Though many gardeners focus first on flowers, foliage plays a key role in the landscape that should not be overlooked. It’s even possible to create a gorgeous garden where foliage dominates and flowers play a minor role. As a microcosm example, a dish garden of succulents relies solely on leaves for its interest and beauty. Remember, with few exceptions all plants have leaves, and they can be used to knit the garden together.

First of all, don’t get stuck thinking that all leaves are plain old green. Many plants have brilliantly colored foliage. Just look at the glittering array of coleus, the jewel tones of the popular shade plant Heuchera, the rich reds of Japanese maples, and the speckles and spatters of caladiums. Not to mention there is a mind-boggling array of shades of green, ranging from jade to aquamarine to chartreuse. Leaves in colors like pale blue, bright yellow, amber, deep purple, and scarlet offer a wealth of opportunities for color combinations, which are not limited by bloom times as flowers are.

Another great plus with foliage is texture. There are several different texture types and the garden will have better balance if you mix it up. So, include plants that offer a good range: delicate leaves, medium-size ones, and bolder forms. It’s easy to wind up with a whole bed of plants with leaves of about the same size and shape, which can be boring. As you make your plant selections, keep an eye on the foliage as well as the flower colors, heights, and other factors.

While the foliage of plants such as ferns, hostas, sedums, cannas, and euphorbias can easily hold their own in the garden, leaves are also essential foils and backdrops for flowers, fruit, and even bark, highlighting them like a frame on a picture. Consider the pink pendants of bleeding heart flowers, the red hips of rugosa roses, and the white bark of aspens and how vibrant they are when partnered with their foliage.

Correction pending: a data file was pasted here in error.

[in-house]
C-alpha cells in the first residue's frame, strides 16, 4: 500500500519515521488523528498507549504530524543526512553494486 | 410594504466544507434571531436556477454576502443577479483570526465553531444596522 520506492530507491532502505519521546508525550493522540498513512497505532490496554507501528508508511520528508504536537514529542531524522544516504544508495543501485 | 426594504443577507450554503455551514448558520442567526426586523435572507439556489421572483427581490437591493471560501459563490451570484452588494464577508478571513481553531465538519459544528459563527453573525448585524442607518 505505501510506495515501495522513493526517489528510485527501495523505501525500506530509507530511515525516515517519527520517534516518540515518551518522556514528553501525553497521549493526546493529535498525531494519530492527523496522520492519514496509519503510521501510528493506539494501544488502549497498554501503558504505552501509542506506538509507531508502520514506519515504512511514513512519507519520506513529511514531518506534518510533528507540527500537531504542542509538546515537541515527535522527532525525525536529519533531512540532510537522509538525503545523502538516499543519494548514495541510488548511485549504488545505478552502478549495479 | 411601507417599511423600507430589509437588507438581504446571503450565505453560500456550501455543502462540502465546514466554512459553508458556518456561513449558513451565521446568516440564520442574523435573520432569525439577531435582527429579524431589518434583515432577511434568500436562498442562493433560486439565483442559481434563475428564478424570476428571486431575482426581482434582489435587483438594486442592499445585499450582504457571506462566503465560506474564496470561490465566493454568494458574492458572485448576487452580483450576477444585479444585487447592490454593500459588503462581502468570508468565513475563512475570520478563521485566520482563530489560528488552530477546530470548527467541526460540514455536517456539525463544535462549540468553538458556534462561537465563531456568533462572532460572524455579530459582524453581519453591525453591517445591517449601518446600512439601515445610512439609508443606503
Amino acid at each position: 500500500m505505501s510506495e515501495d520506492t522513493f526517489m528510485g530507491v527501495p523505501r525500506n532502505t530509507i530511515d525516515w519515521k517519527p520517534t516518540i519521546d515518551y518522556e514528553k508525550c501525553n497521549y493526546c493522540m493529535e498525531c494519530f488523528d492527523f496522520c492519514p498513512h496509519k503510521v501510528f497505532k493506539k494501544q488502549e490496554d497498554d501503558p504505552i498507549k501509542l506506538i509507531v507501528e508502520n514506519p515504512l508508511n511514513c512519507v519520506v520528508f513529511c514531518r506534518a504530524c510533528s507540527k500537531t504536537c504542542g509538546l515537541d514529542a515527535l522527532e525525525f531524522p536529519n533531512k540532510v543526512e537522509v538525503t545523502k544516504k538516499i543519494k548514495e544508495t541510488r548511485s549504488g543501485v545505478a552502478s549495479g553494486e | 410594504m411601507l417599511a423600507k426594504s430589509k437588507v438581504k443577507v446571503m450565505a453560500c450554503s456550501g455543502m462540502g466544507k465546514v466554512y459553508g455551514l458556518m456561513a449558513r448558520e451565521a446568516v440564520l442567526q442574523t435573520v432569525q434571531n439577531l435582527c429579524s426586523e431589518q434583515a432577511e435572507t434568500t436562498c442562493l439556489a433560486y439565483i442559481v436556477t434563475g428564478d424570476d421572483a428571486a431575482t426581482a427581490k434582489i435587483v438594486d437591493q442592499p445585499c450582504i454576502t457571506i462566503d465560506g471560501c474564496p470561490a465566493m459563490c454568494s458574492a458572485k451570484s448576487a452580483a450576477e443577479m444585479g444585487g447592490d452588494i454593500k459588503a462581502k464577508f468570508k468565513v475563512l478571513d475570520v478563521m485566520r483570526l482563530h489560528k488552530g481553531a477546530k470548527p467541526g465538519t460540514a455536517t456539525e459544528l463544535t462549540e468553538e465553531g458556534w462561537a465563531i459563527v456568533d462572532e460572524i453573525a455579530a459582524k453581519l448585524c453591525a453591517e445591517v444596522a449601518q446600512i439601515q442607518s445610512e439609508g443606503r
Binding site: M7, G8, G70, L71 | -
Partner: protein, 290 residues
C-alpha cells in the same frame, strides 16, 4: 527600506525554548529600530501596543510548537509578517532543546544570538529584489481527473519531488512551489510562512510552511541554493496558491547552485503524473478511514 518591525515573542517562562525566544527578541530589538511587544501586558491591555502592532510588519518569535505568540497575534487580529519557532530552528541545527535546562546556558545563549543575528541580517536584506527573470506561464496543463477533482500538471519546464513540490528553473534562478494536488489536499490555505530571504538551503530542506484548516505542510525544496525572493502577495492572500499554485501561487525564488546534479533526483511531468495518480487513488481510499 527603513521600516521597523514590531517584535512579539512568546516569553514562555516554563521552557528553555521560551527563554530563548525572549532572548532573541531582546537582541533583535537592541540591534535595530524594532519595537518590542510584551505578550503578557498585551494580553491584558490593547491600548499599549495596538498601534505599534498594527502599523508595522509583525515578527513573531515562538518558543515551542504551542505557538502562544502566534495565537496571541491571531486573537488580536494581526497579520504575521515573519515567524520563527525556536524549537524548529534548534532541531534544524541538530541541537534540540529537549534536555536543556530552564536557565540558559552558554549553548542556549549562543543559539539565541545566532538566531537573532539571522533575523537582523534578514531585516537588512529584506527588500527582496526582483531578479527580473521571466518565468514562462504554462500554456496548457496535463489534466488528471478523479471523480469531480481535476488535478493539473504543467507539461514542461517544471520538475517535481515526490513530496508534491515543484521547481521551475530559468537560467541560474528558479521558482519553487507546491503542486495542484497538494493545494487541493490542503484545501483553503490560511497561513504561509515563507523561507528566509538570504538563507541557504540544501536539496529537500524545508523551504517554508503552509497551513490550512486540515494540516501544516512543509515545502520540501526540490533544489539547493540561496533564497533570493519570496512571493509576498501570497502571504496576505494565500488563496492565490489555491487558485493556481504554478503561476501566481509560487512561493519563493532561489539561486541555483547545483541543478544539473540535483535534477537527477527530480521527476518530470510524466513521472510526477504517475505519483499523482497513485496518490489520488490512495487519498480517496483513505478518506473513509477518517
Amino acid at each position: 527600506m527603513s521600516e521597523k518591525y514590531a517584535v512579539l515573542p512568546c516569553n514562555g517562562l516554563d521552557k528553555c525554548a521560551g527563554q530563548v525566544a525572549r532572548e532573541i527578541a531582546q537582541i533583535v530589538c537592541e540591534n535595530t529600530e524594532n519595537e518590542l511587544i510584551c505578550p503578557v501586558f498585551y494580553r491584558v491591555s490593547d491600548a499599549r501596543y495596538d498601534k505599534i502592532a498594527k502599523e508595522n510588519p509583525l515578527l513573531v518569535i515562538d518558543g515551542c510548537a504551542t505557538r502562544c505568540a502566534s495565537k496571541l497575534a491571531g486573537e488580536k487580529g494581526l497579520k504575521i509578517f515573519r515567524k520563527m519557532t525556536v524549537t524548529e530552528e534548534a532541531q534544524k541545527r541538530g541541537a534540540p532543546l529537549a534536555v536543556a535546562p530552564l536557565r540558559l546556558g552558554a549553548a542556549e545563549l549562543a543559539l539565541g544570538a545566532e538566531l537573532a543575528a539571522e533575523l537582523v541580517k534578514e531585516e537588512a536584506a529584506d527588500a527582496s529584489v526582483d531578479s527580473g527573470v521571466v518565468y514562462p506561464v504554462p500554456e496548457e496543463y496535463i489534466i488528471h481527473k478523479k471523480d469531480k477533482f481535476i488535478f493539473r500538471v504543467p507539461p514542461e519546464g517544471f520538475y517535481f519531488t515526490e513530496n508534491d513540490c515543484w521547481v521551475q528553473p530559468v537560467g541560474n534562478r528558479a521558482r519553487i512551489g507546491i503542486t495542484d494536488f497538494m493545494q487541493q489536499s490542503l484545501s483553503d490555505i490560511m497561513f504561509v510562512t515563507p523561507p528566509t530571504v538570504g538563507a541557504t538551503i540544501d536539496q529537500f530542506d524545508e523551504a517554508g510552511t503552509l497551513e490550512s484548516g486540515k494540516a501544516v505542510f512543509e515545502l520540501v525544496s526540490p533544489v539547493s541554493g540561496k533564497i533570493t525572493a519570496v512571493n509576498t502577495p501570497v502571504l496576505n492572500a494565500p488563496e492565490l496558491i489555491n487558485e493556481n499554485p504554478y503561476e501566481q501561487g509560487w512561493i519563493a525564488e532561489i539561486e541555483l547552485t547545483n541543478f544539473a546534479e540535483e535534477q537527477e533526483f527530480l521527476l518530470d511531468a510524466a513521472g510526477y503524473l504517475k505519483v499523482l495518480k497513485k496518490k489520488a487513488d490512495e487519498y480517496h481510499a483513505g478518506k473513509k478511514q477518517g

Be on the lookout for really striking foliage to add extra punch in the landscape, for example cardoon, lungwort, Bergenia, Ligularia, Acanthus, “flapjacks” kalanchoe, and even edible ‘Rainbow’ Swiss chard. A number of tropical plants have very dramatic foliage and are worth adding to the garden even if just for one season, including elephant ears, bananas, angel wing begonias, Persian shield, and cabbage palms. And gardeners rely on narrow-leaved plants like New Zealand flax, grasses, and restios as strong vertical elements.

Foliage is also an essential tool for keeping the growing season moving forward, and extending interest even through winter. If you choose plants with foliage in mind, even as flowers go in and out of bloom there is always something to see in the garden. In fall, what would the garden be without the colors of autumn leaves. And don’t forget evergreen options like hollies, boxwood, and conifers, which look good even under a dusting of snow. Many perennials have year-round foliage as well, such as Dianthus, Ajuga, hellebores, thymes, and some ferns. For annuals, the big leaves of ornamental kale and cabbage can be cold-weather showstoppers.

For all types of gardens, in all zones, there are plants with outstanding foliage, from desert to woodland to seashore to subtropics. So, this year make it a goal to give your garden more color, texture, variety, and seasonal longevity by looking at the leaves.

©2023 W.Atlee Burpee & Co